New divisions and a state tournament are just a little of what will be changing the Long Island tennis scene this season.
For the first time, four regional finalists in both Division I — schools with an enrollment of 600 or more — and Division II — with an enrollment of 599 or fewer — will compete in boys and girls state team tennis tournaments. The first, beginning with the girls this fall, will be held on a different weekend than the individual state tournament.
“It has all of us very excited,” Westhampton Beach’s first-year head coach Matt Reed said. “We can’t wait to show everyone what our team is capable of.”
The winner of the Long Island Championship will determine the southern representative that will play in the final four at the National Tennis Center in Flushing.
Teams competing in the Division I tournament matchups will send four singles players and three doubles teams for the boys, while the girls will put forth three individuals and four duos to compete. In Division II, boys and girls will play a best-of-five with teams comprised of three singles players and two doubles pairs.
Suffolk County lineups currently consist of four singles and three doubles, but Section XI, the governing body of athletics, will be adopting the format of the state tournament beginning at the county tournament level. The local alignment change is to help match that of the state tournament.
“The girls are excited to have opportunities to play different schools, and we will be prepared no matter who is on the other side of the net,” Reed said. “It’s my responsibility to make sure that we are well prepared no matter what team we are playing against.”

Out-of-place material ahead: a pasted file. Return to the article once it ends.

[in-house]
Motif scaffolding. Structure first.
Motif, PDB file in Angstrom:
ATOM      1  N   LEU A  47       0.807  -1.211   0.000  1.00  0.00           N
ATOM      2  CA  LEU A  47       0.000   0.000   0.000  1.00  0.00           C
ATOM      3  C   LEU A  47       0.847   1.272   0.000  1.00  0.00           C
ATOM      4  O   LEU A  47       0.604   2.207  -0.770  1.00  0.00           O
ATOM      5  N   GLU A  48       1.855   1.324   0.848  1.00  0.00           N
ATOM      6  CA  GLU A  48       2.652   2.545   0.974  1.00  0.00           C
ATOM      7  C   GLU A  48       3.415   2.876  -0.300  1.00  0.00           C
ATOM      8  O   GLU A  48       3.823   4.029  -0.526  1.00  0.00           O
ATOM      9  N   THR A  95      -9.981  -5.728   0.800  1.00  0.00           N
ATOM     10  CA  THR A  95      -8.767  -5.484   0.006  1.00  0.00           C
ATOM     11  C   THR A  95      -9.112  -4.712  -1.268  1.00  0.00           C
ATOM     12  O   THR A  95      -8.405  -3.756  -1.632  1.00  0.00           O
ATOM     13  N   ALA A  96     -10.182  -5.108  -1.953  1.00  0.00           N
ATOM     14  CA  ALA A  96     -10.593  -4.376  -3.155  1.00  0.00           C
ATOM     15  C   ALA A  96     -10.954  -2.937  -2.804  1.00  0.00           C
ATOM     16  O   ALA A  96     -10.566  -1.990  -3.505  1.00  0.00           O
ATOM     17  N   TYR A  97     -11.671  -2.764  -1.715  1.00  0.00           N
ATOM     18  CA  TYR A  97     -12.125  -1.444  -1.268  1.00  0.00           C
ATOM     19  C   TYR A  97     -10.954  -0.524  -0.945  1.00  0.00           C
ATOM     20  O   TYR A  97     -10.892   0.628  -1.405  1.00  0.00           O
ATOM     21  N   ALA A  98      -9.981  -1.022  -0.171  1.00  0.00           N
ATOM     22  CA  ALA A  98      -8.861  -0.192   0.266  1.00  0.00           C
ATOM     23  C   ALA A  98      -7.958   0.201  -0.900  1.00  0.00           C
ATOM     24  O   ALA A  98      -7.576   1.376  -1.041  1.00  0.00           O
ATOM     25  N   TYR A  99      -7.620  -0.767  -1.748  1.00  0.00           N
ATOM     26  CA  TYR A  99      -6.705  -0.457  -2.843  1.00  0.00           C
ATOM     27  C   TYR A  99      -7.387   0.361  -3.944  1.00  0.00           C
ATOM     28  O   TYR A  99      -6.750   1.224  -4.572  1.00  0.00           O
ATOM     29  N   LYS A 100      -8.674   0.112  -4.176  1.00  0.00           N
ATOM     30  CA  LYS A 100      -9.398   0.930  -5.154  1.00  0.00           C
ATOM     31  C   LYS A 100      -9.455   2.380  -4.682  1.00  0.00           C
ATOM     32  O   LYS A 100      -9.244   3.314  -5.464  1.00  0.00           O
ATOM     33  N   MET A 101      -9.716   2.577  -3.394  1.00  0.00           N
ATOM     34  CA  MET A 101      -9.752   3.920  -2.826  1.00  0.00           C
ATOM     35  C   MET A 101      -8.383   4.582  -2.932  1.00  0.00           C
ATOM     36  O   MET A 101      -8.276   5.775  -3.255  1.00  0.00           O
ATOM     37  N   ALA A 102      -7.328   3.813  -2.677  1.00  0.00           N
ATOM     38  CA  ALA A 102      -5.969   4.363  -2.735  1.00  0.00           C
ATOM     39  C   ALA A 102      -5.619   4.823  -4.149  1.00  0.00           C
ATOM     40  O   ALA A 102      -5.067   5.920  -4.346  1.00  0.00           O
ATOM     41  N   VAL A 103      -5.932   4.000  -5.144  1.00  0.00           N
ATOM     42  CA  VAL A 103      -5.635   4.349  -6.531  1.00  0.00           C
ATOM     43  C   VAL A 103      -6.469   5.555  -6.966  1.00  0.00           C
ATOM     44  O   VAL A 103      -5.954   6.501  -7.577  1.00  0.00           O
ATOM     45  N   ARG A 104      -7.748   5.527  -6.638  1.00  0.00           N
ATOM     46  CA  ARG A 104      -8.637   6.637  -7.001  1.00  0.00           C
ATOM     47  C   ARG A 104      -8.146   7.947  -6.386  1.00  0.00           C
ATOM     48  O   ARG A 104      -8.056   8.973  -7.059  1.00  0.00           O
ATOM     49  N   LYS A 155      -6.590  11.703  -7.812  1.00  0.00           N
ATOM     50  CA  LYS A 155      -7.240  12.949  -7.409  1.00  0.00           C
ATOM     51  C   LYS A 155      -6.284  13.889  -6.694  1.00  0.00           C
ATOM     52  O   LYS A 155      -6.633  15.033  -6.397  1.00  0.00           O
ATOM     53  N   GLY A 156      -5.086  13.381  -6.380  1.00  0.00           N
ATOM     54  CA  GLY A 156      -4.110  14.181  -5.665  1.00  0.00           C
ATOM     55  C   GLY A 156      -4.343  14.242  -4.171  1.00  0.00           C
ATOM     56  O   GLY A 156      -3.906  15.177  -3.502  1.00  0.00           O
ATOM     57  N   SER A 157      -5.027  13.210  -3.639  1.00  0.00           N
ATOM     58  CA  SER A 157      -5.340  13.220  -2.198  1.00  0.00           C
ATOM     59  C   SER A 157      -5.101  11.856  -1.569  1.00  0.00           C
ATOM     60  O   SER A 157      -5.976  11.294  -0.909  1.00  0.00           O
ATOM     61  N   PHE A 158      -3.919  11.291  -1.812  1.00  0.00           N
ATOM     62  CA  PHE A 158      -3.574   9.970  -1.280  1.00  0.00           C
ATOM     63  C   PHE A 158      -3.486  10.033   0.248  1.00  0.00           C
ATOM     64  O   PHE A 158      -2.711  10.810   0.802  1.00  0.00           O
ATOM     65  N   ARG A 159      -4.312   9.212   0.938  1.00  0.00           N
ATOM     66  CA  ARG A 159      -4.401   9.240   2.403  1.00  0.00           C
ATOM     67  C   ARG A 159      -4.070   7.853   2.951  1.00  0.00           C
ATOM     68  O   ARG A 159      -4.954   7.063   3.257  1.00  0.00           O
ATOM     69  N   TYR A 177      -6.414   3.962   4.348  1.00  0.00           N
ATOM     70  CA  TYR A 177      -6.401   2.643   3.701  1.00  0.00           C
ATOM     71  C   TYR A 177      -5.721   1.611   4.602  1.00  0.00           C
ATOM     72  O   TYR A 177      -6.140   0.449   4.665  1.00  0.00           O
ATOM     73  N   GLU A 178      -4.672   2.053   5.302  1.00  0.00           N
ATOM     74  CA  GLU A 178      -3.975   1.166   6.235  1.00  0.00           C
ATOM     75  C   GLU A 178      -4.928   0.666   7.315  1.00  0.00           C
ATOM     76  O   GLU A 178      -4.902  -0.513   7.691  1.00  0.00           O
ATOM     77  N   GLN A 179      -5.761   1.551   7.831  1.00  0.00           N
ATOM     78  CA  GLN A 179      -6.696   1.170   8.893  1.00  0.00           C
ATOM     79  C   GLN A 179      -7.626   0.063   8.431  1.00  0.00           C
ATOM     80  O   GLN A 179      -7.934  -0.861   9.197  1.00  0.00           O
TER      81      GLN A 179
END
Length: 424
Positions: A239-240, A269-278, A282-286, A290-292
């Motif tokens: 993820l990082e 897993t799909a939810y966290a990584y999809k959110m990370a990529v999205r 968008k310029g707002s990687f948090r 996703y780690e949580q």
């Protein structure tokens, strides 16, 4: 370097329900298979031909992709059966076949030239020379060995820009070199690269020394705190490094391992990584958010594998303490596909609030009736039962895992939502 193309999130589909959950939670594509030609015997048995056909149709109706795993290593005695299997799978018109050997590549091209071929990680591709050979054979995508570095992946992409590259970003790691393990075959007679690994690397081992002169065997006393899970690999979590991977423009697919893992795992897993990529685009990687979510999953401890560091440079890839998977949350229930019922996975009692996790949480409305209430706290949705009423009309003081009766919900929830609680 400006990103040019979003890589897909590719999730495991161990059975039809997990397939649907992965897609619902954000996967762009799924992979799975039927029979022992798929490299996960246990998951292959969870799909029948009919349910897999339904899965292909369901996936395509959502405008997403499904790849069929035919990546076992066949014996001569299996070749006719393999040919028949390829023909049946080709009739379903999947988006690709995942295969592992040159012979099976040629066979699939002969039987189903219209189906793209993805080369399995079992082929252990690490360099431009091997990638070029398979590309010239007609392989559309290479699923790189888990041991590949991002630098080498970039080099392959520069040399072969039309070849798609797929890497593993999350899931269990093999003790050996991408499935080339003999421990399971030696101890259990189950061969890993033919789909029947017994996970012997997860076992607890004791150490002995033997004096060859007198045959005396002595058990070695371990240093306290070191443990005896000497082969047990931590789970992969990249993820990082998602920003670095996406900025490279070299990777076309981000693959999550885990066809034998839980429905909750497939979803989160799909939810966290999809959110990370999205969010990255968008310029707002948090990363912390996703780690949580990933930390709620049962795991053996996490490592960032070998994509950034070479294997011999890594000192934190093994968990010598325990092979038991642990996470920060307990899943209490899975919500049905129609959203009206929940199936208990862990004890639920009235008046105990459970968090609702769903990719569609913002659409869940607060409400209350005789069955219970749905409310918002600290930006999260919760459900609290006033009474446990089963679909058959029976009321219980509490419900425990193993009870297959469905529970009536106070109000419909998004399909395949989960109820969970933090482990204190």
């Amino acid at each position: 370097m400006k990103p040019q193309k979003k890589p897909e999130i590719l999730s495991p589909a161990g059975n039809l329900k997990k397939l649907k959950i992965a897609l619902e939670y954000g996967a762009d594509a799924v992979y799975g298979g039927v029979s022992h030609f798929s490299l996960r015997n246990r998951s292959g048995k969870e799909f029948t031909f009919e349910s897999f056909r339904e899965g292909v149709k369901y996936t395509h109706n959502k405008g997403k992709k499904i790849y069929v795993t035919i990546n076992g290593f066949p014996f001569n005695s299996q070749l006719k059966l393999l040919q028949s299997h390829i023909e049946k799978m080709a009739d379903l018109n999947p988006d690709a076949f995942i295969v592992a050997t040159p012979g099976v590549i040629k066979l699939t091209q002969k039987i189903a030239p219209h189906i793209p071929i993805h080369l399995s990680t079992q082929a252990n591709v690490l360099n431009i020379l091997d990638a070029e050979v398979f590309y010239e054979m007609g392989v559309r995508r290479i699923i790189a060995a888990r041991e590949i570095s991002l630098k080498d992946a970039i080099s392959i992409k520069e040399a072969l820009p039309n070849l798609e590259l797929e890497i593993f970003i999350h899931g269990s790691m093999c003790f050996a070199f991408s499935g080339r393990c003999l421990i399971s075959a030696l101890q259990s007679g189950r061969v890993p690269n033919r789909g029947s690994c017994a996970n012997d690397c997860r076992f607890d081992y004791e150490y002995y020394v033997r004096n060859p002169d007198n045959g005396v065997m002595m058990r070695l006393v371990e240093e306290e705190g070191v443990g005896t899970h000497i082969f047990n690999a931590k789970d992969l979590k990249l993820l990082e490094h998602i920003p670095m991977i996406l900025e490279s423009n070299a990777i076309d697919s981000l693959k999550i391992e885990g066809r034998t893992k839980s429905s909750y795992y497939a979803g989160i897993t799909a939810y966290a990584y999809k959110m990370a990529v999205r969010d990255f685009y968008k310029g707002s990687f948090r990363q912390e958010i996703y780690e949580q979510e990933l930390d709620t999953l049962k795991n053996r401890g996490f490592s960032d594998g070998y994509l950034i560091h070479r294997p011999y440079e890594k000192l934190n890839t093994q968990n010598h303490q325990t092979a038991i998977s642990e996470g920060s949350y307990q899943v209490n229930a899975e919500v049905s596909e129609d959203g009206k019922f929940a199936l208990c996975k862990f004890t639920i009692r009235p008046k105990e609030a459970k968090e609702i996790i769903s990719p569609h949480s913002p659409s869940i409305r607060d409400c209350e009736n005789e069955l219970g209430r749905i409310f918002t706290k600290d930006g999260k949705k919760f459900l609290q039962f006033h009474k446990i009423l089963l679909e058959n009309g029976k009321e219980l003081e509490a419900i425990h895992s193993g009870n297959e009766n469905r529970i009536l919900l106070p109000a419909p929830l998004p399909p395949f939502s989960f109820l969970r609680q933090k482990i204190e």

Reed, who has worked as a high school special education teacher in Westhampton Beach since 2018, has played tennis since he was 6 years old, though the first sport he played was ice hockey, which he began at age 3.
He graduated from Patchogue-Medford High School in 2010, where he also played soccer, baseball, golf and bowling. He played tennis while attending St. Joseph’s College in Patchogue, where he received his undergraduate and master’s degrees.
Reed spent two years as the assistant coach for both the men’s and women’s teams at St. Joseph’s before coaching junior varsity tennis in the Elwood School District. Last year, he coached the middle school girls soccer and softball teams in Westhampton.
He is taking over a team that finished 10-0, tied for first in League II last year. The season prior, the Hurricanes went 17-1, falling to Port Washington in the Long Island Championship. Westhampton Beach won the only Long Island title for Suffolk County in 2018, with a 4-3 win over Syosset that capped a perfect season.
“Tennis has been the main sport that has continued in my life, and my passion for it has only grown stronger,” Reed said. “The tennis program at Westhampton Beach has had great success, and I am excited to be a part of it. I hope to continue adding to the success now as the head coach.”
Headlining the team will be senior Katelyn Stabile and her younger sister Julia. The pair competed in doubles during a shortened 2020 season that led the girls to a Division IV title and second place finish in the county tournament, but will be playing singles and doubles this season. Both played singles during the 2019 season. Also returning to singles is freshman Matilda Buchen, while seniors Emily D’Alessandro, Alexandra Sielaw, Emma Way and Adriana Zukas rejoin the doubles lineup. Reed said newcomers like Melina Pinonzek, Ana Way and Julia Greiner show how bright the future of the program is.